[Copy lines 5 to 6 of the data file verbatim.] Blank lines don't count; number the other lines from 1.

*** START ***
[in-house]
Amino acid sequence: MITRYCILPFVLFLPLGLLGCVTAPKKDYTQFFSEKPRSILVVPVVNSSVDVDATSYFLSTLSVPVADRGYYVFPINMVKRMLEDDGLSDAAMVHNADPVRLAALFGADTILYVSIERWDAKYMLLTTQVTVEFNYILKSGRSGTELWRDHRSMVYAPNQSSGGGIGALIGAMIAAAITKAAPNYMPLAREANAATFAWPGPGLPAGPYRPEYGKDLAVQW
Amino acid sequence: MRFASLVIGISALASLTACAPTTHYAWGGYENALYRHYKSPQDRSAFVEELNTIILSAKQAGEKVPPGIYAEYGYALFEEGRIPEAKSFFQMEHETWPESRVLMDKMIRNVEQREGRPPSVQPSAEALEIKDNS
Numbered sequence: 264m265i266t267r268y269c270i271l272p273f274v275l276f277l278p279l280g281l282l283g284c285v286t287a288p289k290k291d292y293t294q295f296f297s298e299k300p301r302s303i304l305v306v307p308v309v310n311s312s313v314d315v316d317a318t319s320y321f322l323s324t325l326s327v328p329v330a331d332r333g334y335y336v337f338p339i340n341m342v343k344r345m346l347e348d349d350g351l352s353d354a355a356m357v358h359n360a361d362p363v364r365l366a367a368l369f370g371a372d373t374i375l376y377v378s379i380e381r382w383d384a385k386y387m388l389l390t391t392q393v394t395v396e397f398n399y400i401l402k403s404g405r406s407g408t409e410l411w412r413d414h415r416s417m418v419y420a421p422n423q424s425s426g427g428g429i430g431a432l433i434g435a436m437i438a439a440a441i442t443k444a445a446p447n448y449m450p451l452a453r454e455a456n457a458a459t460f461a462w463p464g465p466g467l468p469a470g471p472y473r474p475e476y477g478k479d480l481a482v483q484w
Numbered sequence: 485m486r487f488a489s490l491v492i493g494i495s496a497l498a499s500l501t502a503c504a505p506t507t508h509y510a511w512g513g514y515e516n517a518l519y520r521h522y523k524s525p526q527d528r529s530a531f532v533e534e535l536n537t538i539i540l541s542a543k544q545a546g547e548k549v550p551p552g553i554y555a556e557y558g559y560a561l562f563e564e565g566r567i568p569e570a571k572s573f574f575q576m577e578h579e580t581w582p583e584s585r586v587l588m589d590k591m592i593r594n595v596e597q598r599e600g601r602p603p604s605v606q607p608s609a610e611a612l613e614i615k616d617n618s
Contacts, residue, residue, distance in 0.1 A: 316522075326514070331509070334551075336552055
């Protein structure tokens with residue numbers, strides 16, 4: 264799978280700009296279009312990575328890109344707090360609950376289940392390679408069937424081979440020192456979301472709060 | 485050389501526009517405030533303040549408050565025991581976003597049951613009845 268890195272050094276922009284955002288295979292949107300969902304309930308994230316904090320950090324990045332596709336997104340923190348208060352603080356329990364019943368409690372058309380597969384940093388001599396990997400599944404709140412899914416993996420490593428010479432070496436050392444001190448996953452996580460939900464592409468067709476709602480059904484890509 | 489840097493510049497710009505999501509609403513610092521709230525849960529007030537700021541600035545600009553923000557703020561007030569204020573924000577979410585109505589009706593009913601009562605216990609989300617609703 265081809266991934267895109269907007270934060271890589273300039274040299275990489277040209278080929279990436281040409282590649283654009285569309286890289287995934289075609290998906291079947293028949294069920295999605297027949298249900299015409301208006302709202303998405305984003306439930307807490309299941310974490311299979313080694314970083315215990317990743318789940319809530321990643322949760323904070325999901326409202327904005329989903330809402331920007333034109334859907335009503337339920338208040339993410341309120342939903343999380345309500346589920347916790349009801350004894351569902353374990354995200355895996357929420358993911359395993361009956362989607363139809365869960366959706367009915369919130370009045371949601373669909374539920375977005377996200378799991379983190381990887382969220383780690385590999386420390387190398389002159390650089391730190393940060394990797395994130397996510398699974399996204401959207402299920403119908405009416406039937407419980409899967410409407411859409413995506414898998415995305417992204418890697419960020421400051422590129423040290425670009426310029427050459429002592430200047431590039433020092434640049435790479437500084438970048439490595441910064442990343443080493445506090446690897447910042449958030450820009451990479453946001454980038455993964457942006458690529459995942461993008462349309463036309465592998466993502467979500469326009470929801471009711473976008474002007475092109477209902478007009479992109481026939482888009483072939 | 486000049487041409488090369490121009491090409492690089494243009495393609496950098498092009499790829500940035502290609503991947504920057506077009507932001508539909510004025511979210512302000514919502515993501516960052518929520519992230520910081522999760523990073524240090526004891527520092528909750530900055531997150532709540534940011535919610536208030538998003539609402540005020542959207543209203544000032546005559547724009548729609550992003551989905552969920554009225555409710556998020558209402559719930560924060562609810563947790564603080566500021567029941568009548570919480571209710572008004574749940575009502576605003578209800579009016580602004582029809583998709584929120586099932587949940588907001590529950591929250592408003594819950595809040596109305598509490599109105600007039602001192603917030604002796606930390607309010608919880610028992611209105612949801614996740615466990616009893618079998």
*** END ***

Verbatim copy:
Numbered sequence: 485m486r487f488a489s490l491v492i493g494i495s496a497l498a499s500l501t502a503c504a505p506t507t508h509y510a511w512g513g514y515e516n517a518l519y520r521h522y523k524s525p526q527d528r529s530a531f532v533e534e535l536n537t538i539i540l541s542a543k544q545a546g547e548k549v550p551p552g553i554y555a556e557y558g559y560a561l562f563e564e565g566r567i568p569e570a571k572s573f574f575q576m577e578h579e580t581w582p583e584s585r586v587l588m589d590k591m592i593r594n595v596e597q598r599e600g601r602p603p604s605v606q607p608s609a610e611a612l613e614i615k616d617n618s
Contacts, residue, residue, distance in 0.1 A: 316522075326514070331509070334551075336552055